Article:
This article will cover building a simple ‘Hello World’-style web application written in Django and running it in the much talked about and discussed Docker. Docker takes all the great aspects of a traditional virtual machine, e.g. a self contained system isolated from your development machine, and removes many of the drawbacks such as system resource drain, setup time, and maintenance.
When building web applications, you have probably reached a point where you want to run your application in a fashion that is closer to your production environment. Docker allows you to set up your application runtime in such a way that it runs in exactly the same manner as it will in production, on the same operating system, with the same environment variables, and any other configuration and setup you require.
By the end of the article you’ll be able to:
- Understand what Docker is and how it is used,
- Build a simple Python Django application, and
- Create a simple
Dockerfileto build a container running a Django web application server.
What is Docker, Anyway?
Docker’s homepage describes Docker as follows:
“Docker is an open platform for building, shipping and running distributed applications. It gives programmers, development teams, and operations engineers the common toolbox they need to take advantage of the distributed and networked nature of modern applications.”
Put simply, Docker gives you the ability to run your applications within a controlled environment, known as a container, built according to the instructions you define. A container leverages your machines resources much like a traditional virtual machine (VM). However, containers differ greatly from traditional virtual machines in terms of system resources. Traditional virtual machines operate using Hypervisors, which manage the virtualization of the underlying hardware to the VM. This means they are large in terms of system requirements.
Containers operate on a shared Linux operating system base and add simple instructions on top to execute and run your application or process. The difference being that Docker doesn’t require the often time-consuming process of installing an entire OS to a virtual machine such as VirtualBox or VMWare. Once Docker is installed, you create a container with a few commands and then execute your applications on it via the
Dockerfile. Docker manages the majority of the operating system virtualization for you, so you can get on with writing applications and shipping them as you require in the container you have built. Furthermore, Dockerfiles can be shared for others to build containers and extend the instructions within them by basing their container image on top of an existing one. The containers are also highly portable and will run in the same manner regardless of the host OS they are executed on. Portability is a massive plus side of Docker.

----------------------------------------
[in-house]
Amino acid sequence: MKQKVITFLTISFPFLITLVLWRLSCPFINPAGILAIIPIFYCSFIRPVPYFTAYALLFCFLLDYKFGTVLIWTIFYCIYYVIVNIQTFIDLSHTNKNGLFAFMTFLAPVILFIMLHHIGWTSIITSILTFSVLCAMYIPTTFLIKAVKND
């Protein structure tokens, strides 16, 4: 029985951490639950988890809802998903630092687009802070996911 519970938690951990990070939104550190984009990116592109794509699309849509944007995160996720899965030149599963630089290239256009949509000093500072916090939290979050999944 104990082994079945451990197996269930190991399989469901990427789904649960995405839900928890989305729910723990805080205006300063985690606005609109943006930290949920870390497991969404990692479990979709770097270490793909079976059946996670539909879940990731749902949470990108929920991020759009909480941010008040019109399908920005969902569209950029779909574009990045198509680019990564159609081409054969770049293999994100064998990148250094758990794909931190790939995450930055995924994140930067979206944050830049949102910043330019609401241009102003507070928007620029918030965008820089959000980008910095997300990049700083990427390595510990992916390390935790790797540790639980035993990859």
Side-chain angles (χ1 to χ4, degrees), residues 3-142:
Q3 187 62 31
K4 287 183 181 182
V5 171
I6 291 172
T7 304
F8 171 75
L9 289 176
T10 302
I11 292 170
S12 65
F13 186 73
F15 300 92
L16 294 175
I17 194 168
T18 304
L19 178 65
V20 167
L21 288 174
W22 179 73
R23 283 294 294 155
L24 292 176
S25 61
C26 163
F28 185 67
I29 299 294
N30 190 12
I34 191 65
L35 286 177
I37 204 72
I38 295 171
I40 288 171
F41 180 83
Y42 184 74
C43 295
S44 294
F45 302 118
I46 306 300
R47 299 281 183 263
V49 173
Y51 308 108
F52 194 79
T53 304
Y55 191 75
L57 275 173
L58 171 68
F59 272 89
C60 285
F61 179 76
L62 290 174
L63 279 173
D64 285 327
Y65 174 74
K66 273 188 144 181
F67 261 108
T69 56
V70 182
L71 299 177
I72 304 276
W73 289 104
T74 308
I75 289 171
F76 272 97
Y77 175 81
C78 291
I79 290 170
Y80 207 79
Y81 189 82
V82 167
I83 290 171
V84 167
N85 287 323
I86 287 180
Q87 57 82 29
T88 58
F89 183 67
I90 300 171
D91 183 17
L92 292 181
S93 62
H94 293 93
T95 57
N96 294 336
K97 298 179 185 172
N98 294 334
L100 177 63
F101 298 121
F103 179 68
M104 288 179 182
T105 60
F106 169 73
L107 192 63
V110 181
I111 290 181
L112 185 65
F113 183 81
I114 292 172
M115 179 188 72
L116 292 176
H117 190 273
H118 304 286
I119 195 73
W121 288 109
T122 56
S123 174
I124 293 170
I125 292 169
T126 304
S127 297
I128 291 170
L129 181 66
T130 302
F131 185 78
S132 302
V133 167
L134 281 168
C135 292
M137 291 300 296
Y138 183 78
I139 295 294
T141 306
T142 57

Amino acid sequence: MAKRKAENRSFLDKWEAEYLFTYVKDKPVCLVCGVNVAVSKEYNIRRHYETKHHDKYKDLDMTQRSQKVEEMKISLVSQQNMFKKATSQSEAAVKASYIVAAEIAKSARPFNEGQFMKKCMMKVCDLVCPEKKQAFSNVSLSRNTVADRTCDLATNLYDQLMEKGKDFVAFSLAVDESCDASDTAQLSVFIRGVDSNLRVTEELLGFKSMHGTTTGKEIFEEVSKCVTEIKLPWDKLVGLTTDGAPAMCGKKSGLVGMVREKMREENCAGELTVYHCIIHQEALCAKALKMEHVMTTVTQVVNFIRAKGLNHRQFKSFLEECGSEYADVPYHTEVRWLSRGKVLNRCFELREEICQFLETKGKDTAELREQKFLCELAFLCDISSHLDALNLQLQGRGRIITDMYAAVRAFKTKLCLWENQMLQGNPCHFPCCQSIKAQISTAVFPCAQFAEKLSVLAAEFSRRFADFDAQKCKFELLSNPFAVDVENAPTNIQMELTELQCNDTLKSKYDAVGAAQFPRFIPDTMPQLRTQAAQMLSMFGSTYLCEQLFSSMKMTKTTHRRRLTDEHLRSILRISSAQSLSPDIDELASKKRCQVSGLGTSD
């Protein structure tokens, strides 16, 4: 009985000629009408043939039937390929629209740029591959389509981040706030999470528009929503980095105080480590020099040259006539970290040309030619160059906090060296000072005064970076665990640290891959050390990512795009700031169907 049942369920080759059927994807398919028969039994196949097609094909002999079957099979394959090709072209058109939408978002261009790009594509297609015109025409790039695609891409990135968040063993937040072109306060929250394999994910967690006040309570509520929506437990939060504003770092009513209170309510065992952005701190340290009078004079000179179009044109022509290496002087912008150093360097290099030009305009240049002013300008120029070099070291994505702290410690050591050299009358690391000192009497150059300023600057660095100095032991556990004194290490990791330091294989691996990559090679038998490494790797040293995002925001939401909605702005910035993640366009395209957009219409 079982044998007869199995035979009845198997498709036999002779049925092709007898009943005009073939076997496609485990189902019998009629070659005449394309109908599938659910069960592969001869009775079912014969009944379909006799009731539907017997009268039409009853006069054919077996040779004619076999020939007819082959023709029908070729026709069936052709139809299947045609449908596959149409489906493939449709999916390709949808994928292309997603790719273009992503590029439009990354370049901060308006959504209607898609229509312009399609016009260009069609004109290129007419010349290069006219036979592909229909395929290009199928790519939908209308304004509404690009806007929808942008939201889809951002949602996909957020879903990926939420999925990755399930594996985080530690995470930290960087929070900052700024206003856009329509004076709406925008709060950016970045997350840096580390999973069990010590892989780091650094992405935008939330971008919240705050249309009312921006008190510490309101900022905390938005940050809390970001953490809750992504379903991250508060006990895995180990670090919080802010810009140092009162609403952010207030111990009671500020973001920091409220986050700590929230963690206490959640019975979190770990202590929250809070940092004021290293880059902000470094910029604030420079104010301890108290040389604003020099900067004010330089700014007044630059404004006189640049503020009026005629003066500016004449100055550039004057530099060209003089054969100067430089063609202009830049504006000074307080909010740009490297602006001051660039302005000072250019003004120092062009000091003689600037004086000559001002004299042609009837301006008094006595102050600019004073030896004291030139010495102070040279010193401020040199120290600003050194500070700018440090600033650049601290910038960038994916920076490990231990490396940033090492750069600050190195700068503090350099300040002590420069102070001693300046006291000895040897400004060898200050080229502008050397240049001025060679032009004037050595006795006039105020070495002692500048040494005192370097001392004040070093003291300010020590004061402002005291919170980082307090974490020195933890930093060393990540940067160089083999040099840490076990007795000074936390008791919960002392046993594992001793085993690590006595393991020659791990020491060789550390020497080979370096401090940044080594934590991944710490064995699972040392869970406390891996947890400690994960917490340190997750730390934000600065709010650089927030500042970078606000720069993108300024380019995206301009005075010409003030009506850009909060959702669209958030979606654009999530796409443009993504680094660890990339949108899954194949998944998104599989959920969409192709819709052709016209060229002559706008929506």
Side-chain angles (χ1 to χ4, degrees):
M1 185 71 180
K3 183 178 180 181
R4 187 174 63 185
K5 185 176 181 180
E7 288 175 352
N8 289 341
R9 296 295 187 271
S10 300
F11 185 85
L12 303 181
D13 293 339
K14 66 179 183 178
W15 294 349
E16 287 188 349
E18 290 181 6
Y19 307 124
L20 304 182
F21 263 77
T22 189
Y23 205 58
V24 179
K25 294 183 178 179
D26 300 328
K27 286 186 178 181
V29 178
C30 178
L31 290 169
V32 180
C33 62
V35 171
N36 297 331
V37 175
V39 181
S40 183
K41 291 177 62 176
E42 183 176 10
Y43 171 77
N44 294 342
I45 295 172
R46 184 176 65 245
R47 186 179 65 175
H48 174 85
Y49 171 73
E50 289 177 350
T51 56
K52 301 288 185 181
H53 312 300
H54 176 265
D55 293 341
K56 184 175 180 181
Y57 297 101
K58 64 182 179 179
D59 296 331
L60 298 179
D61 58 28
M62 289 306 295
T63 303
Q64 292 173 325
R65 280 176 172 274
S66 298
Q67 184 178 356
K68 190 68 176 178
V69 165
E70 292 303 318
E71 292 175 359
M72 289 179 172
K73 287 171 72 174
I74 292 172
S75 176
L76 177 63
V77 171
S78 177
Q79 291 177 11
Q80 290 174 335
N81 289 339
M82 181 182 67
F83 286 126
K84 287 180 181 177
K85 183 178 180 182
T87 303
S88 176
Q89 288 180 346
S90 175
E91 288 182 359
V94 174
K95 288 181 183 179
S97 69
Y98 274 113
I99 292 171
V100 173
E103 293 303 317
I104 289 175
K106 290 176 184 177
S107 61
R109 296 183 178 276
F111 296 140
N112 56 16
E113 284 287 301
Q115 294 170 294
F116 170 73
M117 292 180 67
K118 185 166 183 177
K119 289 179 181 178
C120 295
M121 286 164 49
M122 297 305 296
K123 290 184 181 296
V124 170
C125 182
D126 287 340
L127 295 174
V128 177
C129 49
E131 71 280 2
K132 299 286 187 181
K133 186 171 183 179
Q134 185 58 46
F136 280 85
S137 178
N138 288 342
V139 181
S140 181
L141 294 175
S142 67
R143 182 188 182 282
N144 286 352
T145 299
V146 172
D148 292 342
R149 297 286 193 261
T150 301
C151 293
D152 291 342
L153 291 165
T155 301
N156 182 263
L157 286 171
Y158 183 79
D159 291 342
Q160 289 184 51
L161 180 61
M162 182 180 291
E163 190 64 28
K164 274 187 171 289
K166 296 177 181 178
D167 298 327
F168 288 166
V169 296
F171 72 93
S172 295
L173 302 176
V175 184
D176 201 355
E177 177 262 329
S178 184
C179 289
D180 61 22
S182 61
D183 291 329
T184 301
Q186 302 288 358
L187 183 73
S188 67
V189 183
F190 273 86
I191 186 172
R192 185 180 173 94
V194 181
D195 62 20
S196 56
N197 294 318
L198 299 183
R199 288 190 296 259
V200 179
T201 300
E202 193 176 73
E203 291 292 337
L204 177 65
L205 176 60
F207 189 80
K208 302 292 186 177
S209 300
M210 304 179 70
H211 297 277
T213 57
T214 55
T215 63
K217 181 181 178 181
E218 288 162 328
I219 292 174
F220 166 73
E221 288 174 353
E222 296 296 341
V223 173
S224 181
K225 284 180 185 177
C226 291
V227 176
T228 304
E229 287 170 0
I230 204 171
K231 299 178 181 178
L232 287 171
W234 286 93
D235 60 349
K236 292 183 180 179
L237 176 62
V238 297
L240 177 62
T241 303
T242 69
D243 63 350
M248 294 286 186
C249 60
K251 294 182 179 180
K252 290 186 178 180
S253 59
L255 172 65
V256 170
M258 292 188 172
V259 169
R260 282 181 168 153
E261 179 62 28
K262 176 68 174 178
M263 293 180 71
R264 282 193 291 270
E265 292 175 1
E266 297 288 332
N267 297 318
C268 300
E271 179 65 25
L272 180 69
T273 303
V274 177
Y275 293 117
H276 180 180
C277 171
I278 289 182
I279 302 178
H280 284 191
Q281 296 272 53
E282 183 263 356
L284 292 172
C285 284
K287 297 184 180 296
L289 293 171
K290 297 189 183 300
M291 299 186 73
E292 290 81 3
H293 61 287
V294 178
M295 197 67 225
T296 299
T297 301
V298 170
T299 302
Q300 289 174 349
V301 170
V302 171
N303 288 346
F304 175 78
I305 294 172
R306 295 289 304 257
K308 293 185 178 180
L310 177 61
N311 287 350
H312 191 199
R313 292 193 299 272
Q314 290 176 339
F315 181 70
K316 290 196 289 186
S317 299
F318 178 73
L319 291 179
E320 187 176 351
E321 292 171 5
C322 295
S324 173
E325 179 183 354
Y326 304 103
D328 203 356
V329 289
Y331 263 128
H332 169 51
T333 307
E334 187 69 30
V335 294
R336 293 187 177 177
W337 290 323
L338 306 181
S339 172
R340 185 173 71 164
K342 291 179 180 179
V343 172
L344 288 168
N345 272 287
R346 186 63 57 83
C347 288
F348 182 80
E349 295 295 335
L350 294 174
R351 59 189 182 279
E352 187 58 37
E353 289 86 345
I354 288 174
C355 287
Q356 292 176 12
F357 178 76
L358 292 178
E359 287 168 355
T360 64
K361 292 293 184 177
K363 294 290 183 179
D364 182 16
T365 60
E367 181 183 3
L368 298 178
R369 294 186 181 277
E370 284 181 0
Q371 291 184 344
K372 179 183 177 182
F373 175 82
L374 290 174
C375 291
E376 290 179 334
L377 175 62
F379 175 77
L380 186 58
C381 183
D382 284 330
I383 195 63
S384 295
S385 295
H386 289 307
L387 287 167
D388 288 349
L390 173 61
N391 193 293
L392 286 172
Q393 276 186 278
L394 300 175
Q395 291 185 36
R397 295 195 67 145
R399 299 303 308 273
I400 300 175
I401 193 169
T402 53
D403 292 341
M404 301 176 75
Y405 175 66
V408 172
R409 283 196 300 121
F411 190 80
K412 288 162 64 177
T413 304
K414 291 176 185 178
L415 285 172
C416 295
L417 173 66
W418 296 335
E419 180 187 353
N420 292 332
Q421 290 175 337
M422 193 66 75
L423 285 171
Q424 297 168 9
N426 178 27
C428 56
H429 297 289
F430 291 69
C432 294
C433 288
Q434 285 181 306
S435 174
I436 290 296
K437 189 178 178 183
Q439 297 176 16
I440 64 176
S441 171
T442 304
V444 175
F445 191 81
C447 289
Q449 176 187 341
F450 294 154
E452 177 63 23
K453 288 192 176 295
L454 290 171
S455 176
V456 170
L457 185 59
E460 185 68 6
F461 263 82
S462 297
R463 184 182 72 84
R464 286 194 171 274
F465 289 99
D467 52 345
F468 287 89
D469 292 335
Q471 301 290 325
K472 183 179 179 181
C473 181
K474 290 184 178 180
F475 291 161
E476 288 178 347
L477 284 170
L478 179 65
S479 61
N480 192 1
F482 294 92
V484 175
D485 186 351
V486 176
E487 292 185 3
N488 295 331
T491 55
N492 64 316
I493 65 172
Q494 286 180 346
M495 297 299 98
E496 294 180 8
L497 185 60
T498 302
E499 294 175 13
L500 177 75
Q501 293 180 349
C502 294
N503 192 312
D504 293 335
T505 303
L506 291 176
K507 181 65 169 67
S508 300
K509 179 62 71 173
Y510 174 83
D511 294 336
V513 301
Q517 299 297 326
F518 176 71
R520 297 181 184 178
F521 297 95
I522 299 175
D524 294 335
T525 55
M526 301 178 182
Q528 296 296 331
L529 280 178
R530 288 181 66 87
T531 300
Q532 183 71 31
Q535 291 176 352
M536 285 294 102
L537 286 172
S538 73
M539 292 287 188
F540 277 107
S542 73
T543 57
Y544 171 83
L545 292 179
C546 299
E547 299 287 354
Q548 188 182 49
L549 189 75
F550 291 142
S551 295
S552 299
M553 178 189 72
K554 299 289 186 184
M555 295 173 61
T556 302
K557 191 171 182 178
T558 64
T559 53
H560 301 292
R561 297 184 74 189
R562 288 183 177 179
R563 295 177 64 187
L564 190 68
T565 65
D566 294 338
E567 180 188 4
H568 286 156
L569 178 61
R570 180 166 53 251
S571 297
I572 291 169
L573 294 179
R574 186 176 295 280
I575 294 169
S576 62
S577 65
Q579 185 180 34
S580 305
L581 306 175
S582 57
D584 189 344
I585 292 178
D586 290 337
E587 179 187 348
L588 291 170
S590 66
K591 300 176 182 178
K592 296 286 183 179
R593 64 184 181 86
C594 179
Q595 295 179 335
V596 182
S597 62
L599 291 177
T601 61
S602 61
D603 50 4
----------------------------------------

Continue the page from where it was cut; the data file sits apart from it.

Before you begin this tutorial, ensure the following is installed to your system:
- Python 2.7 or 3.x,
- Docker (Mac users: it’s recommended to use docker-machine, available via Homebrew-Cask), and
- A git repository to store your project and track changes.
Setting Up a Django web application
Starting a Django application is easy, as the Django dependency provides you with a command line tool for starting a project and generating some of the files and directory structure for you. To start, create a new folder that will house the Django application and move into that directory.
$ mkdir project $ cd project
Once in this folder, you need to add the standard Python project dependencies file which is usually named
requirements.txt, and add the Django and Gunicorn dependency to it. Gunicorn is a production standard web server, which will be used later in the article. Once you have created and added the dependencies, the file should look like this:
$ cat requirements.txt Django==1.9.4 gunicorn==19.6.0
With the Django dependency added, you can then install Django using the following command:
$ pip install -r requirements.txt
Once installed, you will find that you now have access to the
django-admin command line tool, which you can use to generate the project files and directory structure needed for the simple “Hello, World!” application.
$ django-admin startproject helloworld
Let’s take a look at the project structure the tool has just created for you:
. ├── helloworld │ ├── helloworld │ │ ├── __init__.py │ │ ├── settings.py │ │ ├── urls.py │ │ └── wsgi.py │ └── manage.py └── requirements.txt
You can read more about the structure of Django on the official website.
django-admin tool has created a skeleton application. You control the application for development purposes using the
manage.py file, which allows you to start the development test web server for example:
$ cd helloworld $ python manage.py runserver
The other key file of note is the
urls.py, which specifies what URL’s route to which view. Right now, you will only have the default admin URL which we won’t be using in this tutorial. Lets add a URL that will route to a view returning the classic phrase “Hello, World!”.
First, create a new file called
views.py in the same directory as
urls.py with the following content:
from django.http import HttpResponse def index(request): return HttpResponse("Hello, world!")
Now, add the following URL
url(r'', 'helloworld.views.index') to the
urls.py, which will route the base URL of
/ to our new view. The contents of the
urls.py file should now look as follows:
from django.conf.urls import url from django.contrib import admin urlpatterns = [ url(r'^admin/', admin.site.urls), url(r'', 'helloworld.views.index'), ]
Now, when you execute the
python manage.py runserver command and visit
http://localhost:8000 in your browser, you should see the newly added “Hello, World!” view.